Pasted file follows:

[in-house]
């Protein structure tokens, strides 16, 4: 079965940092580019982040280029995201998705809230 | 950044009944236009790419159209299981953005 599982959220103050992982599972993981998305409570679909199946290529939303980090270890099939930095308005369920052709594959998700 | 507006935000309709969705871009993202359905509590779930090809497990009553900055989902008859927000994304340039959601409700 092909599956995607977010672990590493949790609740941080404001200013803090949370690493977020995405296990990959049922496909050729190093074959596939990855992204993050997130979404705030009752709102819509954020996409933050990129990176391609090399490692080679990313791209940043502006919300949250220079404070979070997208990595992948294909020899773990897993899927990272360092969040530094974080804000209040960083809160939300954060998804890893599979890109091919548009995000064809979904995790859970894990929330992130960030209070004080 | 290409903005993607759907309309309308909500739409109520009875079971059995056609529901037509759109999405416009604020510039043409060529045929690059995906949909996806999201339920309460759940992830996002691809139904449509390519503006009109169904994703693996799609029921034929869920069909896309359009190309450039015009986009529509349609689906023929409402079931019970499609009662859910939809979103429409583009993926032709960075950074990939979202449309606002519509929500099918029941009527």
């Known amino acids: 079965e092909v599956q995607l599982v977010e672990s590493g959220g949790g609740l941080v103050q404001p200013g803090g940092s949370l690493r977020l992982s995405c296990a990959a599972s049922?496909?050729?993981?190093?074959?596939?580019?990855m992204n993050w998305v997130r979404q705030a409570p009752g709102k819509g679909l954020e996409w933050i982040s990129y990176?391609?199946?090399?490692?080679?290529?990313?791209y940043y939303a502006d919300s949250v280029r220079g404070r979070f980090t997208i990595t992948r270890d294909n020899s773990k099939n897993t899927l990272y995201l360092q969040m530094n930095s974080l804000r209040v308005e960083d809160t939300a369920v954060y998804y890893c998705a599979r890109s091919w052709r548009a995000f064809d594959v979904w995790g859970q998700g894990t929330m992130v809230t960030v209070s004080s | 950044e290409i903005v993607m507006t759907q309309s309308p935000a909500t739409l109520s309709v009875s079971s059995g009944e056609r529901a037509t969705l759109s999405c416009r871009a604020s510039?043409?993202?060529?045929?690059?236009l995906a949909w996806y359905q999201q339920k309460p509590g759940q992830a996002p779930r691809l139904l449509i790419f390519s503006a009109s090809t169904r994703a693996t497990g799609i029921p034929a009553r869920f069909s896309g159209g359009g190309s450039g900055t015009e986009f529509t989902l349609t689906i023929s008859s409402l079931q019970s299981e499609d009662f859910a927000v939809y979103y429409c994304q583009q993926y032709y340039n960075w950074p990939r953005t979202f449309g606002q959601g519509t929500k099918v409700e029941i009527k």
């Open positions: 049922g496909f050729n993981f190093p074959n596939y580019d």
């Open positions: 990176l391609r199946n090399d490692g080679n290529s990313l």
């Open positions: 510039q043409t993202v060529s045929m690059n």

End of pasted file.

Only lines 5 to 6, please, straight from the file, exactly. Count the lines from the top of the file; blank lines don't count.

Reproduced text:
């Open positions: 990176l391609r199946n090399d490692g080679n290529s990313l």
């Open positions: 510039q043409t993202v060529s045929m690059n």